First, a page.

Thrillers Book Reviews (page 498)

A DEATH FOR A DODO by E.X. Giroux
MYSTERY & CRIME
Released: Feb. 22, 1993

"A downer for this usually satisfying author."
Barrister-sleuth Robert Forsythe, sans faithful secretary Abigail Sanderson (A Death for a Dancing Doll, 1991, etc.), is recuperating from knee surgery in the lush Damien Day rest home—a hospital for the sick, addicted, or obese rich enough to afford it. Read full book review >
HARD EVIDENCE by John T. Lescroart
MYSTERY & CRIME
Released: Feb. 18, 1993

"But Lescroart's laid-back, soft-shoe approach to legal intrigue is all his own. (First printing of 50,000)"
The shaggy lawyer/bartender of The Vig (1991) tries his hand at blockbuster courtroom drama—in an engaging crossover novel written with both eyes firmly on Scott Turow. Read full book review >

BURNING THE APOSTLE by Bill Granger
THRILLERS
Released: Feb. 15, 1993

"Deveraux gets less and less mannered, and that's to the better."
The cold war is over, but the November Man continues. Read full book review >
INTERRUPT by Toni Dwiggins
FICTION & LITERATURE
Released: Feb. 1, 1993

"Electronically impaired readers will find themselves at times overburdened with technodata."
Communications engineers duke it out through the telephone circuits—in a tele-technothriller about a plot to annihilate the nation's electronic call-switching systems. Read full book review >
NOW YOU KNOW by Michael Frayn
THRILLERS
Released: Feb. 1, 1993

"Frayn seems bent on a single-handed crusade to restore plotting to a central place in the British novel."
What happens when an improbable love affair brings a freedom-of- information lobby under the microscope itself: another melancholy farce by the gifted British playwright (Noises Off, Benefactors) and novelist (The Trick of It, 1990; A Landing on the Sun, 1992). Read full book review >

BLACK BLADE by Eric Van Lustbader
THRILLERS
Released: Feb. 1, 1993

"With hokum this thick Lustbader can't afford a smile—but his comic-book readers will smile long into the night."
Fans of Lustbader's whirligig exotic actioners (The Ninja, Angel Eyes) will find no lessening of his midair double-somersault reverse plotting here. Read full book review >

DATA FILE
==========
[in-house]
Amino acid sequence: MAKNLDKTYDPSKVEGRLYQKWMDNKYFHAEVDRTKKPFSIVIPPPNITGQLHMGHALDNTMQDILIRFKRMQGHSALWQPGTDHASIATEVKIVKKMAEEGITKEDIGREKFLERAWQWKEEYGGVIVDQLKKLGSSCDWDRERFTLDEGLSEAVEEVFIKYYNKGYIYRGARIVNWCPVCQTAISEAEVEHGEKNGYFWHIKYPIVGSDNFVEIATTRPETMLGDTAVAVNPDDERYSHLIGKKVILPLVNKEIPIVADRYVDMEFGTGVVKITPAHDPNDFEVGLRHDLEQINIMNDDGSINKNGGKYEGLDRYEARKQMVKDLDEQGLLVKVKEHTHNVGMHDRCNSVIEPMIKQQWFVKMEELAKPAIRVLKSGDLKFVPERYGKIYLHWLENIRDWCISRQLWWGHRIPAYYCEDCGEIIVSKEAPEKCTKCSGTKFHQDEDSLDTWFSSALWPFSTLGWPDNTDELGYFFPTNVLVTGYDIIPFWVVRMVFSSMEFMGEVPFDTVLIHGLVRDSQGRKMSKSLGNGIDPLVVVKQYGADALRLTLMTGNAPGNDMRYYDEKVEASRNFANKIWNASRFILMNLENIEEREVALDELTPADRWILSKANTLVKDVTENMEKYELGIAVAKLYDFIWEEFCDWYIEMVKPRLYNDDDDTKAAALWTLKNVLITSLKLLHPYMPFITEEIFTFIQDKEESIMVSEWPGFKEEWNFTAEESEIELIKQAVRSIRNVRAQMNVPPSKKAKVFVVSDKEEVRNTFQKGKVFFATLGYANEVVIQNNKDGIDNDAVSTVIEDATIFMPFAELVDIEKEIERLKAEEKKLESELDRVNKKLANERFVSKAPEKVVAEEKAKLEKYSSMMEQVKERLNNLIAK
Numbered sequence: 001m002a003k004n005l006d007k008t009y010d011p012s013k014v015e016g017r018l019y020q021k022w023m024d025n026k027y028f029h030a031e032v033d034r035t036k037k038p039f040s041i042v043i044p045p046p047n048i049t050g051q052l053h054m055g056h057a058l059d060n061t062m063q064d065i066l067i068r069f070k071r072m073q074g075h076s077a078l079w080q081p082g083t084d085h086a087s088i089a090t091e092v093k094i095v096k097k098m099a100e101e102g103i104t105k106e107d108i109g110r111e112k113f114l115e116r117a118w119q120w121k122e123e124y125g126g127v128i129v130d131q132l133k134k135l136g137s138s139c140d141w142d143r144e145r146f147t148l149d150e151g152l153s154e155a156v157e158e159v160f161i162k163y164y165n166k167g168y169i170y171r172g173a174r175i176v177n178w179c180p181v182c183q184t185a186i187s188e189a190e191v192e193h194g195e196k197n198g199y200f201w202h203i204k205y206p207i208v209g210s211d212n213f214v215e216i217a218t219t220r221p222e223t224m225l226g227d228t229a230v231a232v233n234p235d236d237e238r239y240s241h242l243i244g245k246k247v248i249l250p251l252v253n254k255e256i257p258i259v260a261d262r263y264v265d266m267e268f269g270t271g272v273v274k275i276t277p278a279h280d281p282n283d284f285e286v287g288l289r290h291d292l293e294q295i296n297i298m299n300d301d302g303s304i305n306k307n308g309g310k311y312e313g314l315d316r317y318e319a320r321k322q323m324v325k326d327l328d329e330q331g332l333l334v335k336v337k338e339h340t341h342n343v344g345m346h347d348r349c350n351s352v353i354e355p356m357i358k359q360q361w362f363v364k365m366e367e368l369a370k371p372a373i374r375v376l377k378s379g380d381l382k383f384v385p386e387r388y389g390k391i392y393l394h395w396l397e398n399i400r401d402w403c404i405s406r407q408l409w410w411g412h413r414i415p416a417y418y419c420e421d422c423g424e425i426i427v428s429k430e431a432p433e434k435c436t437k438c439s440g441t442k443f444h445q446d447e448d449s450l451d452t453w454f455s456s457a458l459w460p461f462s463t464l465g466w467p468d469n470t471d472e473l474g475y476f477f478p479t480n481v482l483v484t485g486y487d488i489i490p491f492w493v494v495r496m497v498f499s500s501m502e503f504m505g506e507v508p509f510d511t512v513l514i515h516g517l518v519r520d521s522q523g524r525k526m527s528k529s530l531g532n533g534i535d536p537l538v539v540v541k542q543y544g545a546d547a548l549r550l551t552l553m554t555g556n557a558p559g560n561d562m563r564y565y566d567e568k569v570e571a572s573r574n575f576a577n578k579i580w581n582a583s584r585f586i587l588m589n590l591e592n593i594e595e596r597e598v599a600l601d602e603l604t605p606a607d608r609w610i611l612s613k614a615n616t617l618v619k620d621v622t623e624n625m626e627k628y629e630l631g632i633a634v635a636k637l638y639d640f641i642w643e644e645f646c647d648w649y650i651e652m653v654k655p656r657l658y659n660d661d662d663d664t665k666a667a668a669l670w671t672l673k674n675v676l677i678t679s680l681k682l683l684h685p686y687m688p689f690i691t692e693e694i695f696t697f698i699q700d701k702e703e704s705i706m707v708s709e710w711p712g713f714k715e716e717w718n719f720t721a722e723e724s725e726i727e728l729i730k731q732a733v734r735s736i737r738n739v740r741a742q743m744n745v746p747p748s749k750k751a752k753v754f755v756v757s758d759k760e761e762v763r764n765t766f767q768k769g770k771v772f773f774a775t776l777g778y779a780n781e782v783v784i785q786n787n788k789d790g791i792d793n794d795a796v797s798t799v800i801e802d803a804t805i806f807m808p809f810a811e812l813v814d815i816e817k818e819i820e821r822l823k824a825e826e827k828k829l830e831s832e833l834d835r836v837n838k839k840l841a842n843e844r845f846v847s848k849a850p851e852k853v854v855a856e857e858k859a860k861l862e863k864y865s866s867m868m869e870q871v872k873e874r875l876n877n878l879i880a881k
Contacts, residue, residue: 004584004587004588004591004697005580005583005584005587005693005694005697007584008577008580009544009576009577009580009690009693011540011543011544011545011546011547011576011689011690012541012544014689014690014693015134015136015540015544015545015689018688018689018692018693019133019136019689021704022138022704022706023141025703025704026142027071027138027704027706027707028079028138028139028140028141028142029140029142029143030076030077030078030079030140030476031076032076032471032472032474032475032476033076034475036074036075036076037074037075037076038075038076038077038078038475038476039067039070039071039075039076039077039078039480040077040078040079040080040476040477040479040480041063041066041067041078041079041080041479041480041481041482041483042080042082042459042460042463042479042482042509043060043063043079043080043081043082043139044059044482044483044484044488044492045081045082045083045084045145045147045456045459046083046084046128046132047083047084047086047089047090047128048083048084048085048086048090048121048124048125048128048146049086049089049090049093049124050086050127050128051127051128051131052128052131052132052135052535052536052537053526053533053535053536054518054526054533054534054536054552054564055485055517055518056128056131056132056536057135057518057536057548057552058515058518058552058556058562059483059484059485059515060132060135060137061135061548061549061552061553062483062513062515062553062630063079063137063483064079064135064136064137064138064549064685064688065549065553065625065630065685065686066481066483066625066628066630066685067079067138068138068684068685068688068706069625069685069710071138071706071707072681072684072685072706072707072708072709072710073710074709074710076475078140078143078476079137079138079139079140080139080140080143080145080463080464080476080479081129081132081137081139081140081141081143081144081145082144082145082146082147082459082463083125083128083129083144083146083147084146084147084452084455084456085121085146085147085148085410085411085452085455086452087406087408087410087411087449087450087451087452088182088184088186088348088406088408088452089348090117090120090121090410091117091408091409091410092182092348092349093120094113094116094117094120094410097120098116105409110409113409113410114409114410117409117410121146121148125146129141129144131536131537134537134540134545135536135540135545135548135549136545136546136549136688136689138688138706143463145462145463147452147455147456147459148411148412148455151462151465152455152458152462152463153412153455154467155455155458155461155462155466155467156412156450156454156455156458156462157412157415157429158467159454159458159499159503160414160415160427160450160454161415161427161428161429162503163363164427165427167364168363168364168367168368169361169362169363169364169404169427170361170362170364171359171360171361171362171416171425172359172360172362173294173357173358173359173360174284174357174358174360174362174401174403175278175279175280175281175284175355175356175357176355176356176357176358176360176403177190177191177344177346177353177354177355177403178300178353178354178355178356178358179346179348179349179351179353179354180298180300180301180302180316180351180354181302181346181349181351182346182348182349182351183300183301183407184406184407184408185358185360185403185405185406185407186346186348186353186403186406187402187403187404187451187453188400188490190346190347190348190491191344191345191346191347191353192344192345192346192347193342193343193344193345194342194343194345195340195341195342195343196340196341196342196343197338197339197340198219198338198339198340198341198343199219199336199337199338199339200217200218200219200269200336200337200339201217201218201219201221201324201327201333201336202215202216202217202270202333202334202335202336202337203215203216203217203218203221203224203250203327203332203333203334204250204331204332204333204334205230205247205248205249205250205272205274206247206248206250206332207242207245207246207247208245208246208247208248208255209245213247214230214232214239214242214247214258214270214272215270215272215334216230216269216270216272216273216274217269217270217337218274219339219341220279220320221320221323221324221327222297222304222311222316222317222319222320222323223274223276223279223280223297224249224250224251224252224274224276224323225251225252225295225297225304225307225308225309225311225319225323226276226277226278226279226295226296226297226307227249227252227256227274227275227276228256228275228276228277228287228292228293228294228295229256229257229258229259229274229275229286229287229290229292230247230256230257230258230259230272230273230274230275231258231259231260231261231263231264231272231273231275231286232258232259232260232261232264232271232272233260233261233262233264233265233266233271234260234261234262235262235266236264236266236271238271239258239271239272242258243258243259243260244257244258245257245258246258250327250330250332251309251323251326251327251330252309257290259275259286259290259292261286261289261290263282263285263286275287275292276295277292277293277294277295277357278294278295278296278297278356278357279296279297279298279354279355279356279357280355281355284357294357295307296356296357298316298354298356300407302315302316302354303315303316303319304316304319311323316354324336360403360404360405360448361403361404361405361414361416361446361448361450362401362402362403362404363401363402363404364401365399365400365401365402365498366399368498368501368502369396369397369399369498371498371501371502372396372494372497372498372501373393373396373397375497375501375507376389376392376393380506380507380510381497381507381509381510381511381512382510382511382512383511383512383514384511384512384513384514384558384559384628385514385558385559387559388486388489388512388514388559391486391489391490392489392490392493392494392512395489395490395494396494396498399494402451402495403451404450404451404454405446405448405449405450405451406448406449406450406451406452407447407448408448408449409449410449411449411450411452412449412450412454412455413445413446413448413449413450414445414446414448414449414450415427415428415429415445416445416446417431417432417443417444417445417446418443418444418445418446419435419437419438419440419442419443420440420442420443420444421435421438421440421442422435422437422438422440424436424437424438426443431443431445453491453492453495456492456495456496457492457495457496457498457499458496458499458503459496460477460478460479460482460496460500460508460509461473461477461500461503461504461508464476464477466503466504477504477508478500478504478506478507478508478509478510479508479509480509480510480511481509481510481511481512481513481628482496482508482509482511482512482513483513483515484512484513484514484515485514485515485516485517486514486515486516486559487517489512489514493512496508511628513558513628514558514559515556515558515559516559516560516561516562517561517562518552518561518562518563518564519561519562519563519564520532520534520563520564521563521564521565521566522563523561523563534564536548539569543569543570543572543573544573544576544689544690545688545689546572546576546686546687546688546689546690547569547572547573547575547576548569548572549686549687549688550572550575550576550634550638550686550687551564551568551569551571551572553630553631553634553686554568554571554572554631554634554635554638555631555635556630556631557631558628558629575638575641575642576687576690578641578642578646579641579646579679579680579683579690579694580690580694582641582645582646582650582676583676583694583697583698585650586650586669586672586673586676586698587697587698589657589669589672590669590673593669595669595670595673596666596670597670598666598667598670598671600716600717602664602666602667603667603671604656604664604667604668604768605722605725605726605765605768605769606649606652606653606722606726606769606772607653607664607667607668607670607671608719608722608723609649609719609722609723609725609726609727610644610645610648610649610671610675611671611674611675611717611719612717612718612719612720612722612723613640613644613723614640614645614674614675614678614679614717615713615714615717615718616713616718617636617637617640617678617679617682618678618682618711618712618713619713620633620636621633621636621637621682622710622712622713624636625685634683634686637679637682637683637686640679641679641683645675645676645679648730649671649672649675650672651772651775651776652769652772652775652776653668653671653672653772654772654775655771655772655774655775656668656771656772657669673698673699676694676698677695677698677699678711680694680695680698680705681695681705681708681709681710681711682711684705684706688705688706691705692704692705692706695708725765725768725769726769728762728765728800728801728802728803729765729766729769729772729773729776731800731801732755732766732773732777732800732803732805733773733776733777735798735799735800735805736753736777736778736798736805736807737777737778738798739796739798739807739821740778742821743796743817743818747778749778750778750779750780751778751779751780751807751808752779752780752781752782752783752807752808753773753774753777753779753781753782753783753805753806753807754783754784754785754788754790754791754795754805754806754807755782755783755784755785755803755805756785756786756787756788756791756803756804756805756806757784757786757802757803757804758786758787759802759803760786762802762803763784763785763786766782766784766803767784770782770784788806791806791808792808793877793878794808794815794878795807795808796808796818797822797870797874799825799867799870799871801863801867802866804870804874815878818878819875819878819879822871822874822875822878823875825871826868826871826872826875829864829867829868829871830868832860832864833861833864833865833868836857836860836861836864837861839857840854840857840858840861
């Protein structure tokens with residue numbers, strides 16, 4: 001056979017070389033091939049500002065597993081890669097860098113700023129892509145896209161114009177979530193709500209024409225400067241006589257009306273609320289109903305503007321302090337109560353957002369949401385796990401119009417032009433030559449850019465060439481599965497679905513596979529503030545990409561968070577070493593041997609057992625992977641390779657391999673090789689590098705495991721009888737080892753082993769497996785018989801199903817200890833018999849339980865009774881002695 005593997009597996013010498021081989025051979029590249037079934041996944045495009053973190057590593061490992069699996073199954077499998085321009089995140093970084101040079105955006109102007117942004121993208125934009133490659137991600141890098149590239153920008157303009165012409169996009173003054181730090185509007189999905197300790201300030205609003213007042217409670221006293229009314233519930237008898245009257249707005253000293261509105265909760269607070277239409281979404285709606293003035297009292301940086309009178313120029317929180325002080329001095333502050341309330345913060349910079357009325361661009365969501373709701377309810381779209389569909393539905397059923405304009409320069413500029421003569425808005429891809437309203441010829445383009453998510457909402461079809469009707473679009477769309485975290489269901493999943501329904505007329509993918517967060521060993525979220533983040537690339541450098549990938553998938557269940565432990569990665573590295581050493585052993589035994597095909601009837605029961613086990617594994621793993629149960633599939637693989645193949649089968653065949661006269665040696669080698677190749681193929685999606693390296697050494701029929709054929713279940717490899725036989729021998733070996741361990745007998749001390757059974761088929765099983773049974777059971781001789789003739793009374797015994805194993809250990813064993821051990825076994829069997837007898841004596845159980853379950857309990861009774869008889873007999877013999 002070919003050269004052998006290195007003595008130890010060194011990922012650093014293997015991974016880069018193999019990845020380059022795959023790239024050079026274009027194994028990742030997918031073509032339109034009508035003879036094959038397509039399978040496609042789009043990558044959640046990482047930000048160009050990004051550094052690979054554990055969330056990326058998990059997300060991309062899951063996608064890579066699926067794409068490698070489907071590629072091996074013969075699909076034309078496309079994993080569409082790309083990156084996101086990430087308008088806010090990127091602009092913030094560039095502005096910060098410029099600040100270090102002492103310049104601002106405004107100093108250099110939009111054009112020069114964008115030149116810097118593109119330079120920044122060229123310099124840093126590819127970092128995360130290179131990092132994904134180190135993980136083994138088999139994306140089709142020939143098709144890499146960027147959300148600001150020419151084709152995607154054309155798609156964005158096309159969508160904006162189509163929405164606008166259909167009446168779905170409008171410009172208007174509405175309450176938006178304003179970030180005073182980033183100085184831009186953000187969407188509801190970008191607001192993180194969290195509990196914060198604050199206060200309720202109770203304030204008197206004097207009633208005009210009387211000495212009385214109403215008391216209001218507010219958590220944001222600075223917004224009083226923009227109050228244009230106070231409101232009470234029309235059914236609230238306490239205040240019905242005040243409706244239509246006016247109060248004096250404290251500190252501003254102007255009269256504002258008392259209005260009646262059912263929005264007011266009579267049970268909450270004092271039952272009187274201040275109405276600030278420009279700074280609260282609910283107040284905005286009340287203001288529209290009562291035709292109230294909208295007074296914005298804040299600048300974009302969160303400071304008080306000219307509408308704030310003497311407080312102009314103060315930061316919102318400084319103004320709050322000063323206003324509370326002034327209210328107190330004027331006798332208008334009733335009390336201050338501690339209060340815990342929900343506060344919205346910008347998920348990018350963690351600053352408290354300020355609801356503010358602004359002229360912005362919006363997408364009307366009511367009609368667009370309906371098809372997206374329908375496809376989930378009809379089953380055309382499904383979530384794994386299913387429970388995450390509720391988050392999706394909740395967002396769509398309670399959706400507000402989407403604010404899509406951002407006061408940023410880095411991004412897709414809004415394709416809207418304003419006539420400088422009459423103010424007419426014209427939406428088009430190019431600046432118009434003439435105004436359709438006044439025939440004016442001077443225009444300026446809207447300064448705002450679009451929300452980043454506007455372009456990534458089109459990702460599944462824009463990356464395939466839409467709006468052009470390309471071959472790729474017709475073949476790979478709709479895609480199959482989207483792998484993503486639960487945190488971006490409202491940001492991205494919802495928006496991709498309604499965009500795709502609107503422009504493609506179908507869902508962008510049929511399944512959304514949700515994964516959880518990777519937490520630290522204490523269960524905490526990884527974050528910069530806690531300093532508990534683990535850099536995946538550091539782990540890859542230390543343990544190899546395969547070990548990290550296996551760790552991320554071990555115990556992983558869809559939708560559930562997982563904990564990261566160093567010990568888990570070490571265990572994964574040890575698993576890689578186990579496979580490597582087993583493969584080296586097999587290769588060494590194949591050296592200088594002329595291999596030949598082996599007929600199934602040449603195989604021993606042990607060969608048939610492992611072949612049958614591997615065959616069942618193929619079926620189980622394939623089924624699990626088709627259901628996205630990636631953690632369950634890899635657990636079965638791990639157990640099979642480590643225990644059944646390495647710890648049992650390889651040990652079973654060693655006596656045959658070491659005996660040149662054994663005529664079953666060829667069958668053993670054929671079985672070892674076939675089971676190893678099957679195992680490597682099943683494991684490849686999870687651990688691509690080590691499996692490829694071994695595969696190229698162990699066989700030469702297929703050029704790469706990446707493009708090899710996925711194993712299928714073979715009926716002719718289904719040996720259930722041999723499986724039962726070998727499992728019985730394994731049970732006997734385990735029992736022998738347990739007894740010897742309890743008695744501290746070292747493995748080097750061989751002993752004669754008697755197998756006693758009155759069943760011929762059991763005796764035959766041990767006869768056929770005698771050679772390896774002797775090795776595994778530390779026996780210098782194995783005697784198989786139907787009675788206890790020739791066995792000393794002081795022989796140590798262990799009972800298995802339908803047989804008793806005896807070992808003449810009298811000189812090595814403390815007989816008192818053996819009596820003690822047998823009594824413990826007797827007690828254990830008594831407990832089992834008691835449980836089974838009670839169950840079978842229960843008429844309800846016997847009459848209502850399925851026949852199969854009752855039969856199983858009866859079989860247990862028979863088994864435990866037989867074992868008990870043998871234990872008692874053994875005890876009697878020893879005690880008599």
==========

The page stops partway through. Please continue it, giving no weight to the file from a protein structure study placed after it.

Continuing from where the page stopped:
ALONG CAME A SPIDER by James Patterson
FICTION & LITERATURE
Released: Feb. 1, 1993

"Cross is a likable hero, but with a watery plot and weak villain—Hannibal Lecter would eat Soneji for breakfast—he doesn't have much to work with here."
Catchy title; too bad the psychothriller behind it—despite the publisher's big push—is a mostly routine tale of cop vs. serial-killer. Read full book review >
HEADING UPTOWN by Marissa Piesman
MYSTERY & CRIME
Released: Feb. 1, 1993

Forget Roger Simon. Read full book review >
PREDATORS by Ed Gorman
THRILLERS
Released: Feb. 1, 1993

"Steak-tartare-and-potatoes, with a few extras."
Suspense-oriented horror anthology of 21 stories, awash in slice-and-dice, that's nearly indistinguishable from its so-so predecessor, Stalkers (1989). Read full book review >
FRUITING BODIES AND OTHER FUNGI by Brian Lumley
FICTION & LITERATURE
Released: Feb. 1, 1993

"Nice stuff—but most necessary for the title story."
Witch's dozen of 13 horror tales by Lumley (Blood Brothers, p. 630), largely mainstream with just a touch of Lovecraft in the night. Read full book review >
SUTURES by Christopher Sanford
FICTION & LITERATURE
Released: Jan. 28, 1993

"Weightless entertainment—though possibly a welcome distraction for this year's initiates in the call room."
A brief, amiable first novel about a medical intern's life that's as entertaining as—and no more elucidating than—a late- night conversation in an after-hours bar. Read full book review >
THE LAST SPY by Bob Reiss
MYSTERY & CRIME
Released: Jan. 21, 1993

"High-velocity action plus clever interludes—as when Ash confesses to his girlfriend that he's a spy—add up to a smart, taut thriller, Reiss's best by far."
Crackerjack spy yarn about an ultra-deep Soviet agent trying to come in from the cold—and a big step up for Reiss, who's previously spun out only so-so thrillers (Flamingo, 1989; Saltmaker, 1988, etc.). Read full book review >
Kirkus Interview
Luis Alberto Urrea
April 21, 2015

Examining the borders between one nation and another, between one person and another, Luis Alberto Urrea’s latest story collection, The Water Museum, reveals his mastery of the short form. This collection includes the Edgar-award winning "Amapola" and his now-classic "Bid Farewell to Her Many Horses," which had the honor of being chosen for NPR's "Selected Shorts" not once but twice. Urrea has also recently published a poetry collection, Tijuana Book of the Dead, mixing lyricism and colloquial voices, mysticism and the daily grind. We talk to Urrea about both of his new books this week on Kirkus TV. View video >